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Category:    Home > Reviews > Comedy > Satire > Political > Office Space - Special Edition With Flair

Office Space: Special Edition with Flair!


Picture: B     Sound: B     Extras: B-     Film: A



The legacy of Office Space isn’t that it became a cult hit after a dismal box office showing.  Nor is it that it’s one of the funniest movies—and based in stark reality, at that—of the past 10 years.  No, there are two words that sum up Office Space in such a total way that no piece of extended writing or dialogue between moviegoers could ever hope to match it.


Missed. Opportunity.


Office Space, a film about the conditions of cubicle jockeys in turn-of-the-century America, is littered with missed opportunities, from its initial release to its most recent DVD release, an apparent “Special Edition—With Flair!”.  When the movie was released in 1999, it was missed by 99 percent of the people who now know it by heart.  Find someone who actually saw a first-run theatrical presentation and I’ll show you a thousand who discovered it on video.  The movie only made $10,824,921 at the box office, according to various sources — just enough to make back its ten million dollar budget but not enough to set the Hollywood community on fire.


This is an astounding event if for no other reason than that Mike Judge, the brain trust behind Beavis and Butthead, reviewed elsewhere on this site, was responsible for the film.  People should’ve flocked to theaters in droves.  But, perhaps, since the characters in the movie were live, not animated, and didn’t sit around like deadbeats complaining Office Space was a turn off.  Hearty blame must be leveled at a poor marketing campaign that failed to highlight the irreverence of the film in lieu of promoting Judge’s connection with Beavis and Butthead and (also reviewed elsewhere on this site) King of the Hill.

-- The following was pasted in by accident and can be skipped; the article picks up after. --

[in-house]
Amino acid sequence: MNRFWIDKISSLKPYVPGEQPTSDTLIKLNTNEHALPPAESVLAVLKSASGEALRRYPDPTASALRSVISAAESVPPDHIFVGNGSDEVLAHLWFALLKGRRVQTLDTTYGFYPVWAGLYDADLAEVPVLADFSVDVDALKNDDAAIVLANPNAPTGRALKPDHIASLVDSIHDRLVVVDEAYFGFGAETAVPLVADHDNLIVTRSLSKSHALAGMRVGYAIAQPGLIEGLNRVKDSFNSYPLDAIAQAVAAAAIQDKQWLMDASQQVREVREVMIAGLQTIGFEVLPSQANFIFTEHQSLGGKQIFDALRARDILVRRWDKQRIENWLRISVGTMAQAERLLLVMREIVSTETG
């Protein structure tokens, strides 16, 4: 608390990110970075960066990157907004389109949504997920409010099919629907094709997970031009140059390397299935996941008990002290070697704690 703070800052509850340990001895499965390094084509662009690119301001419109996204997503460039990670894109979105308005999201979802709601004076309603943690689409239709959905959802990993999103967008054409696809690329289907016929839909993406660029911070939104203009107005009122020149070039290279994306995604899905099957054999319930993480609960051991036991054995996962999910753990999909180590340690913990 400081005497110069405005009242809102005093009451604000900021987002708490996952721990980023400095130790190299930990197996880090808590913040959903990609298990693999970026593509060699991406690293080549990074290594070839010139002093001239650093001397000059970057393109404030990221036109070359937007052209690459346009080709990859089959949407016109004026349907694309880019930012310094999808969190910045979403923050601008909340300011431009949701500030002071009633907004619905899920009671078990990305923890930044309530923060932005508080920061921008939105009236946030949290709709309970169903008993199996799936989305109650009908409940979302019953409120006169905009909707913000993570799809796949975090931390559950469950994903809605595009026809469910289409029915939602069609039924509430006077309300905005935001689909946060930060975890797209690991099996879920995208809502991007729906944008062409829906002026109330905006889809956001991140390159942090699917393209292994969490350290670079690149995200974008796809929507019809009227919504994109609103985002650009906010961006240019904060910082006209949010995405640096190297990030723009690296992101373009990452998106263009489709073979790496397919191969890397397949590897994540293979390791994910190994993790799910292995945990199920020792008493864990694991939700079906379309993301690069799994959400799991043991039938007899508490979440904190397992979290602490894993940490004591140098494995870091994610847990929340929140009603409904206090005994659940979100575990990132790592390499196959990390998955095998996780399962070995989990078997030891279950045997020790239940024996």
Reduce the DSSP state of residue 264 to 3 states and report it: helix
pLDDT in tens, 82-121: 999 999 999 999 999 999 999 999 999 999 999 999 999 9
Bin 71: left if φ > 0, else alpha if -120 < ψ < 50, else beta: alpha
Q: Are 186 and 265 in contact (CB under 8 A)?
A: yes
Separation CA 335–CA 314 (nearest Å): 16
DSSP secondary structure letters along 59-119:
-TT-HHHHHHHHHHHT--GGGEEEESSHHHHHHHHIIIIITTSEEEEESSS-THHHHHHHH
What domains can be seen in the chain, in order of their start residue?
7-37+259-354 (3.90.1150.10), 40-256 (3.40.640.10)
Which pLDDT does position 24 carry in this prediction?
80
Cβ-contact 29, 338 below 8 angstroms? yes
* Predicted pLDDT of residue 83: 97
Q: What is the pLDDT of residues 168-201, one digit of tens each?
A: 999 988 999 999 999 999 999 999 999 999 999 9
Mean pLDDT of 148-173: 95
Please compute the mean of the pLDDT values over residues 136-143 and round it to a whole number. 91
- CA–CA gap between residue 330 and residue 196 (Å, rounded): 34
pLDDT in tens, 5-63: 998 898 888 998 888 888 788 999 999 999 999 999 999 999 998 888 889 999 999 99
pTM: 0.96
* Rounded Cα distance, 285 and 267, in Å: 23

Let’s face it, before Office Space, no one has seen a film take such a biting look at conditions in office America.  The plight of Peter Gibbons (Ron Livingston), Michael Bolton (David Herman), Samir Nagheenanajar (Ajay Naidu), Milton (Stephen Root), Tom (Richard Riehle), and Joanna (Jennifer Aniston) suffered at the hands of their bosses, Bill Lumbergh (Gary Cole) and Stan (Mike Judge), and the two Bobs (John C. McGinley and Paul Willson), took a sledgehammer to the notion that Americans are happy with their crappy little jobs and patronizing, jerk-off bosses.  Sure, we’ve seen the Angry American at Work before (Man in the Gray Flannel Suit, (also reviewed on this site) et. al.), but Office Space was something else.  Who knew such humor could be found in the utter destruction of a printer?  What person on God’s green Earth could have imagined that the crimes perpetrated by Richard Pryor in Superman III could be used to such comic effect a decade-plus later?  A lot of people like to praise Ricky Gervais’ The Office as some landmark, groundbreaking entity.  The truth is, without Office Space there would be no The Office, on either side of the Atlantic.